The two previous TT advertorials – sorry, journalistic reports – were from March 2015 (about a breakthrough, natural arthritis remedy from Bioceuticals) and September 2015. The third episode (last week’s) was simply a combination of the first two, plus Dr Menz.
All three episodes featured lovely older ladies recounting their miraculous escape from stormy arthritic seas, with lingering close up shots of the pill packets upon which they sailed. Any old shark cartilage might have done the trick, but these particular sharks selected by Biochimique and sprinkled with Bioceuticals turmeric, were evidently the only ones that passed the rigours of TT scientific testing.
The byline of the September episode was: The pill giving sufferers relief. Odd, because what Dr Menz was actually talking about with non-drug options was: The relief given to pill sufferers. TT just took his cautions about one class of pill and interwove them with the journalist’s sales pitch for their preferred yellow capsules.
Also worrying, from an integrity point of view, is that all three episodes featured rheumatology specialists as spokespeople for Arthritis Australia. Unlike Dr Menz, whose comments were entirely separate from the context of pushing wonder pills, one of the rheumatologists suggests that the plugged product is superior to its market competitors.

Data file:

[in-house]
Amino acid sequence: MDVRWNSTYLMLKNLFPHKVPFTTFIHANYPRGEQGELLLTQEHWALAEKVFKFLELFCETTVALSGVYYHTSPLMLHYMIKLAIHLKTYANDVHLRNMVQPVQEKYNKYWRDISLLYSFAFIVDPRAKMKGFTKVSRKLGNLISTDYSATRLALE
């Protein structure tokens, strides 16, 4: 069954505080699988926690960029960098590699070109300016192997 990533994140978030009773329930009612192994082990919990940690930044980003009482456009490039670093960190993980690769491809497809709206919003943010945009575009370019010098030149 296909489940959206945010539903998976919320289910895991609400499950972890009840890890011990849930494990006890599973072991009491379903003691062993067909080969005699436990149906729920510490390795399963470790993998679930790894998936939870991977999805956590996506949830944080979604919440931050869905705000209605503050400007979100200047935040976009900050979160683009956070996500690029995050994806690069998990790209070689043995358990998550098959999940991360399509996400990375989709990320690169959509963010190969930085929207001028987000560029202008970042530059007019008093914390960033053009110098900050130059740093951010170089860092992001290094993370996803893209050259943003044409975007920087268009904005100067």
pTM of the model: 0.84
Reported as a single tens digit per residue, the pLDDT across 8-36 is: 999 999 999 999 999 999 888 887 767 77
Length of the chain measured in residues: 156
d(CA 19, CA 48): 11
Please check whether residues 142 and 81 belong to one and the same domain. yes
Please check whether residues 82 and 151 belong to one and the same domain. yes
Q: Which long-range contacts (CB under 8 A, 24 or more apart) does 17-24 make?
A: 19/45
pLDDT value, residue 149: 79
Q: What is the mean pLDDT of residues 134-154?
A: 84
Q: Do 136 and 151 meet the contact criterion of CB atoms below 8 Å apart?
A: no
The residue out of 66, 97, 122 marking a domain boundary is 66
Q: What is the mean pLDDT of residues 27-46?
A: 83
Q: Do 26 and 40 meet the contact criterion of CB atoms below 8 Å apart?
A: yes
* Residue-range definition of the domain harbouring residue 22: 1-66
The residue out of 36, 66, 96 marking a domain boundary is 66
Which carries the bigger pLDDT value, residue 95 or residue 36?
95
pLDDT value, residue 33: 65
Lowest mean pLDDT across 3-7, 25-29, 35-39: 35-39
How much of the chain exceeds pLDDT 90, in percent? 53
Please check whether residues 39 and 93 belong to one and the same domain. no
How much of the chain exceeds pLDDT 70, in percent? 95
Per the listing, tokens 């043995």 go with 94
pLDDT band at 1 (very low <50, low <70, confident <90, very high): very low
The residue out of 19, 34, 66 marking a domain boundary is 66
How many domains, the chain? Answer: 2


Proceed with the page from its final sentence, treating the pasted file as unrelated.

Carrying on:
Given the weak nature of evidence that these pill classes are any better than placebo in the first place, endorsing a specific product is at risk of being considered dubious, particularly in the context of the unashamedly promotional nature of the TT episodes.
When the next TT invite arrives at Arthritis Australia’s door, that hopefully-independent peak body might consider the safer response, ‘no-one available’.
Why do I bother with all this detail about just three TT episodes floating about in the tide of undeclared advertorials on prime time?